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When: The Revolution is Coming!

Unlike the start of other great American revolutions like the shot heard around the world, even the smartest people alive at the time did not understand when or why the last industrial revolution precisely began, according to Northwestern University’s eminent Dean of Engineering Julio Ottino. In January 2010, Ottino predicted that the next American industrial revolution called “Smart Manufacturing” is coming soon. “It’s just a matter of time,” he proclaimed not on the covers of Nature, Science, Scientific American, or the Proceedings of the National Academy of Sciences of the USA, like his other impressive findings that impacted fields as diverse as complex systems, fluid dynamics, granular dynamics, microfluidics, and geophysical science. Instead Ottino explained to the Captains of Industry today in a venerable Wall Street Journal editorial why they may miss the start as well as the enormous impact of this coming Smart Manufacturing revolution — just like their forebearers did during past individual revolutions.

This website is dedicated to fostering, fomenting and ultimately starting the long-awaited IT revolution in American factories today. It aims to wisely follow simple steps laid out in “How to Start a Revolution” by Gene Sharp, founder of the Albert Einstein Institution. It’s larger mission is to inspire a populist American movement that will take our great society out of the dark, dirty, dangerous and dumb era of 20th Century industries, and into a bright new-age of smart, safe, sustainable and surging manufacturing for our children and grandchildren in the 21st Century.

In the midst of a civil war, the first Republican leader Abraham Lincoln quietly but profoundly established Ag Universities as well as the U.S. Department of Agriculture which over the course of the next 150 years would eventually earn our nation its esteemed reputation as the “breadbasket to the world.”

In a similar higher purpose, this website humbly calls for a comprehensive K-16 technical educational system including Smart Manufacturing Universities for applied research (not basic science) and the establishment of a U.S. Department of Manufacturing that 150 years from now could eventually earn our nation a well-deserved reputation as the “Supplier to the World!”

Make no little plans. As one nation under God, it is our duty and our destiny for America to both feed and supply the world.

The journey has already started. To both keep us all entertained and aware that we’re making progress in the long journey ahead of us, this website will tell stories. Stories about the Captains of Industry today leading us through the turbulent times of this IT-driven industrial revolution. Stories about past industrial revolutionaries so that we learn lessons from their mistakes lest we repeat them like we’re already doing.  Stories about current and future U.S. government leaders strategizing bold policies and big programs for ever smarter factories in America.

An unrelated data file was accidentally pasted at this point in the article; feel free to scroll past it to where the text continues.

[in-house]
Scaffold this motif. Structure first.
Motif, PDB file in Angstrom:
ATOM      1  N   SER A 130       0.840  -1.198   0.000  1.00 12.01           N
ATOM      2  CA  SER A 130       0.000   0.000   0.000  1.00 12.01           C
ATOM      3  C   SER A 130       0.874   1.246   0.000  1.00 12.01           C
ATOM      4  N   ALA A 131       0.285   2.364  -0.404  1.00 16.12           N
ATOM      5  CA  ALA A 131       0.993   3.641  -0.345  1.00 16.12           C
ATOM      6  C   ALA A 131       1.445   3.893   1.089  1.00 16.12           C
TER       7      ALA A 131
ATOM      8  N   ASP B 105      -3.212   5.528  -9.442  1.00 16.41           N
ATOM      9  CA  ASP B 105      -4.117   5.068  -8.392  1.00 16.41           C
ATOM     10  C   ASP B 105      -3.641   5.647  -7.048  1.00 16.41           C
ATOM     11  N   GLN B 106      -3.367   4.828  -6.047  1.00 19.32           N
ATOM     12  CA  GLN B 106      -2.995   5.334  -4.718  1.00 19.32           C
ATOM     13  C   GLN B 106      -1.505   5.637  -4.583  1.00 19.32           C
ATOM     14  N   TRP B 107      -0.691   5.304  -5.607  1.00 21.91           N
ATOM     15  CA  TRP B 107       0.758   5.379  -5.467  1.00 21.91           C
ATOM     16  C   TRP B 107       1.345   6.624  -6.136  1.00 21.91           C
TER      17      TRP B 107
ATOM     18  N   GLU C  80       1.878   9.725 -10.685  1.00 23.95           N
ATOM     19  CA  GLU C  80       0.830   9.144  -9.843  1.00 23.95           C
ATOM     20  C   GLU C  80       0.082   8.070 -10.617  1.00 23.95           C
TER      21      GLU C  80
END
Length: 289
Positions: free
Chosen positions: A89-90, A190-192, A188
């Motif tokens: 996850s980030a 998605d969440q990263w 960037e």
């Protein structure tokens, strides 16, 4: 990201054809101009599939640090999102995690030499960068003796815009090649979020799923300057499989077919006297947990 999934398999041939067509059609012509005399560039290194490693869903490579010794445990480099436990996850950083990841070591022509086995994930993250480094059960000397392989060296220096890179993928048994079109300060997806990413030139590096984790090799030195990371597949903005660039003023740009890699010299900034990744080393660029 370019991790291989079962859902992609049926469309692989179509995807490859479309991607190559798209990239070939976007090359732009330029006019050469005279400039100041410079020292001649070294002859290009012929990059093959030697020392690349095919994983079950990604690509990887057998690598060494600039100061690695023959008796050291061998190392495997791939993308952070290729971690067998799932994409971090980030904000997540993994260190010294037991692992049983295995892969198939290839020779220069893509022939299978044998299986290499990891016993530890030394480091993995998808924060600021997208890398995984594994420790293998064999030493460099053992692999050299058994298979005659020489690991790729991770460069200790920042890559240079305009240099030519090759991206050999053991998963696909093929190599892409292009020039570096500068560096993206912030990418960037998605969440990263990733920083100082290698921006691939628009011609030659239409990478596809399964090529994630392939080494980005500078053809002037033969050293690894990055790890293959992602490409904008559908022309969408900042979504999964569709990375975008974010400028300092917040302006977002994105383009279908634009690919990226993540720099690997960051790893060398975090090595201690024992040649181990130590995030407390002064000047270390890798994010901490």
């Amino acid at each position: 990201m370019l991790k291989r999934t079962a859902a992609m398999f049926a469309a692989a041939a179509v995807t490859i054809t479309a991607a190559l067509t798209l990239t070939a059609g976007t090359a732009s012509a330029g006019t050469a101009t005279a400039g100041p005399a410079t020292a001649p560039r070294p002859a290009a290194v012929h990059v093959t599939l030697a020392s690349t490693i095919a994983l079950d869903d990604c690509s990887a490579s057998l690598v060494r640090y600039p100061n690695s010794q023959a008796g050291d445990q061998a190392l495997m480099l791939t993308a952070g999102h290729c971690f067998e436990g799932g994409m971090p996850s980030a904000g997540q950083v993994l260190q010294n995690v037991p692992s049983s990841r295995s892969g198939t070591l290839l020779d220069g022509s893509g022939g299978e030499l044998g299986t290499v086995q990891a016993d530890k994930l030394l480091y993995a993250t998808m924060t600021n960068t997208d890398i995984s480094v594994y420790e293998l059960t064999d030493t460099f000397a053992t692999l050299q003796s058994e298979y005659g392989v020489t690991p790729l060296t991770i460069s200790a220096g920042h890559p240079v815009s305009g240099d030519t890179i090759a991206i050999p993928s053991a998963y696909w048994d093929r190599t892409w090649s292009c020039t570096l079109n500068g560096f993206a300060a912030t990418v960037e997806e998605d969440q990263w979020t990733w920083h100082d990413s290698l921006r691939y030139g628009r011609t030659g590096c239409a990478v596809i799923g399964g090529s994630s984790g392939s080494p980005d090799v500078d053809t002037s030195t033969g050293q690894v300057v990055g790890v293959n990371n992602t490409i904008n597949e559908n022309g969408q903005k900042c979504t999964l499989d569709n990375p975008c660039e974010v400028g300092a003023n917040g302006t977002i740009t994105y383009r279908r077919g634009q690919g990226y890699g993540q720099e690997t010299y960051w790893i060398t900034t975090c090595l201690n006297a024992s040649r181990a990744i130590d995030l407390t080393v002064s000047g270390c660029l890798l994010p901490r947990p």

This long journey will have at least three phases prophesied by Dr. Sujeet Chand and Dr. Jim Davis –two little known godfathers of the American Smart Manufacturing movement.

A ROAD MAP FOR THE JOURNEY

What are the profound step-changes coming in the way goods are manufactured? This  transformative shift to the next generation of highly-automated and IT-driven factories — or “Smart Manufacturing” is expected to occur in the following three general phases.

1. Plant- and Enterprise-wide Integration
In its first phase, smart manufacturing will interconnect and better harmonize individual stages of the production process to advance plant-wide efficiencies. A typical manufacturing plant uses a growing number of different information technologies (IT), with a microprocessor chip on nearly every sensor and motors/actuator, computerized controls, and production management software. Each one manages a specific stage or operation of a manufacturing process. However, each is an island of efficiency.

Smart manufacturing must first bridge and integrate these islands, enabling data sharing throughout the plant. The convergence between machine-gathered data and human intelligence will advance plant-wide optimization and enterprise-wide management objectives, including substantial increases in economic performance, worker safety and environmental sustainability. The emergence of this “manufacturing intelligence” will usher in the second phase of smart manufacturing.